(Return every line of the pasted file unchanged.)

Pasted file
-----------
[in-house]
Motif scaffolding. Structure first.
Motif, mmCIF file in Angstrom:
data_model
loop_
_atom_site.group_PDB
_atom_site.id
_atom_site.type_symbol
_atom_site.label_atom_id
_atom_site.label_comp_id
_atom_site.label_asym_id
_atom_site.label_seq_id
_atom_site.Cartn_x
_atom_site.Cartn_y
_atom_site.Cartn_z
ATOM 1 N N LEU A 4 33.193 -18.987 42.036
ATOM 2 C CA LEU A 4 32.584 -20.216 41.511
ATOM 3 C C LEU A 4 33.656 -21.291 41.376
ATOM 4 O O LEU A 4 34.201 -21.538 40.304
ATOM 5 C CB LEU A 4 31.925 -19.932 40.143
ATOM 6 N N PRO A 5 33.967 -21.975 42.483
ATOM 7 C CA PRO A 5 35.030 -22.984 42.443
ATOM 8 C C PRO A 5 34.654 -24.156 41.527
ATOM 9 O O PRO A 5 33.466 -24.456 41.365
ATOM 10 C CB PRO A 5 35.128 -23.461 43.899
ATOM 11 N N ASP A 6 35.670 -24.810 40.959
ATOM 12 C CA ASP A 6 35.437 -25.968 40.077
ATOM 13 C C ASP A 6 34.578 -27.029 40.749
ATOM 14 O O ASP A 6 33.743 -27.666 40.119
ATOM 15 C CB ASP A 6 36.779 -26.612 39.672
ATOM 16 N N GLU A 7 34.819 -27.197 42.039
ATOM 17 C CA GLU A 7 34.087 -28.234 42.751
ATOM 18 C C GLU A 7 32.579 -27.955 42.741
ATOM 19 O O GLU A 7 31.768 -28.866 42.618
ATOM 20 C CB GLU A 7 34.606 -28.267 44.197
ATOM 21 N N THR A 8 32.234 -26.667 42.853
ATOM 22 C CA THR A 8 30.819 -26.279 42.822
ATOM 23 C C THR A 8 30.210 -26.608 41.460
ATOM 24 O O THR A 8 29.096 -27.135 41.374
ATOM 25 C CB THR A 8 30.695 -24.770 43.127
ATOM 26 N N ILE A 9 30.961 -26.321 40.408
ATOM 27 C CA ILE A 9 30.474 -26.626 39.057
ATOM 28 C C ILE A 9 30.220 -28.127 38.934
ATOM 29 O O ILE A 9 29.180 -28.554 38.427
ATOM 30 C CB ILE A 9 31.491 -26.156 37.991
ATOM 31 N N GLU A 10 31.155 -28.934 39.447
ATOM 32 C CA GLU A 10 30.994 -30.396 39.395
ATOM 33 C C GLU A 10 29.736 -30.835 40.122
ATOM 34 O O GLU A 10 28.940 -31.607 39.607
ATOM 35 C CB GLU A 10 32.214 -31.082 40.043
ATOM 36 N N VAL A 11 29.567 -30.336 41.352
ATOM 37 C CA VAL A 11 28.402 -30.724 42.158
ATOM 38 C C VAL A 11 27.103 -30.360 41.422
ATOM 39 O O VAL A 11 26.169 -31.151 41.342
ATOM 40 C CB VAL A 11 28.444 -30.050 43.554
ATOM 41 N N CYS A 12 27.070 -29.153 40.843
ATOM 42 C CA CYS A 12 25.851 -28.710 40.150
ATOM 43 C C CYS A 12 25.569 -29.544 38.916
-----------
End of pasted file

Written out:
[in-house]
Motif scaffolding. Structure first.
Motif, mmCIF file in Angstrom:
data_model
loop_
_atom_site.group_PDB
_atom_site.id
_atom_site.type_symbol
_atom_site.label_atom_id
_atom_site.label_comp_id
_atom_site.label_asym_id
_atom_site.label_seq_id
_atom_site.Cartn_x
_atom_site.Cartn_y
_atom_site.Cartn_z
ATOM 1 N N LEU A 4 33.193 -18.987 42.036
ATOM 2 C CA LEU A 4 32.584 -20.216 41.511
ATOM 3 C C LEU A 4 33.656 -21.291 41.376
ATOM 4 O O LEU A 4 34.201 -21.538 40.304
ATOM 5 C CB LEU A 4 31.925 -19.932 40.143
ATOM 6 N N PRO A 5 33.967 -21.975 42.483
ATOM 7 C CA PRO A 5 35.030 -22.984 42.443
ATOM 8 C C PRO A 5 34.654 -24.156 41.527
ATOM 9 O O PRO A 5 33.466 -24.456 41.365
ATOM 10 C CB PRO A 5 35.128 -23.461 43.899
ATOM 11 N N ASP A 6 35.670 -24.810 40.959
ATOM 12 C CA ASP A 6 35.437 -25.968 40.077
ATOM 13 C C ASP A 6 34.578 -27.029 40.749
ATOM 14 O O ASP A 6 33.743 -27.666 40.119
ATOM 15 C CB ASP A 6 36.779 -26.612 39.672
ATOM 16 N N GLU A 7 34.819 -27.197 42.039
ATOM 17 C CA GLU A 7 34.087 -28.234 42.751
ATOM 18 C C GLU A 7 32.579 -27.955 42.741
ATOM 19 O O GLU A 7 31.768 -28.866 42.618
ATOM 20 C CB GLU A 7 34.606 -28.267 44.197
ATOM 21 N N THR A 8 32.234 -26.667 42.853
ATOM 22 C CA THR A 8 30.819 -26.279 42.822
ATOM 23 C C THR A 8 30.210 -26.608 41.460
ATOM 24 O O THR A 8 29.096 -27.135 41.374
ATOM 25 C CB THR A 8 30.695 -24.770 43.127
ATOM 26 N N ILE A 9 30.961 -26.321 40.408
ATOM 27 C CA ILE A 9 30.474 -26.626 39.057
ATOM 28 C C ILE A 9 30.220 -28.127 38.934
ATOM 29 O O ILE A 9 29.180 -28.554 38.427
ATOM 30 C CB ILE A 9 31.491 -26.156 37.991
ATOM 31 N N GLU A 10 31.155 -28.934 39.447
ATOM 32 C CA GLU A 10 30.994 -30.396 39.395
ATOM 33 C C GLU A 10 29.736 -30.835 40.122
ATOM 34 O O GLU A 10 28.940 -31.607 39.607
ATOM 35 C CB GLU A 10 32.214 -31.082 40.043
ATOM 36 N N VAL A 11 29.567 -30.336 41.352
ATOM 37 C CA VAL A 11 28.402 -30.724 42.158
ATOM 38 C C VAL A 11 27.103 -30.360 41.422
ATOM 39 O O VAL A 11 26.169 -31.151 41.342
ATOM 40 C CB VAL A 11 28.444 -30.050 43.554
ATOM 41 N N CYS A 12 27.070 -29.153 40.843
ATOM 42 C CA CYS A 12 25.851 -28.710 40.150
ATOM 43 C C CYS A 12 25.569 -29.544 38.916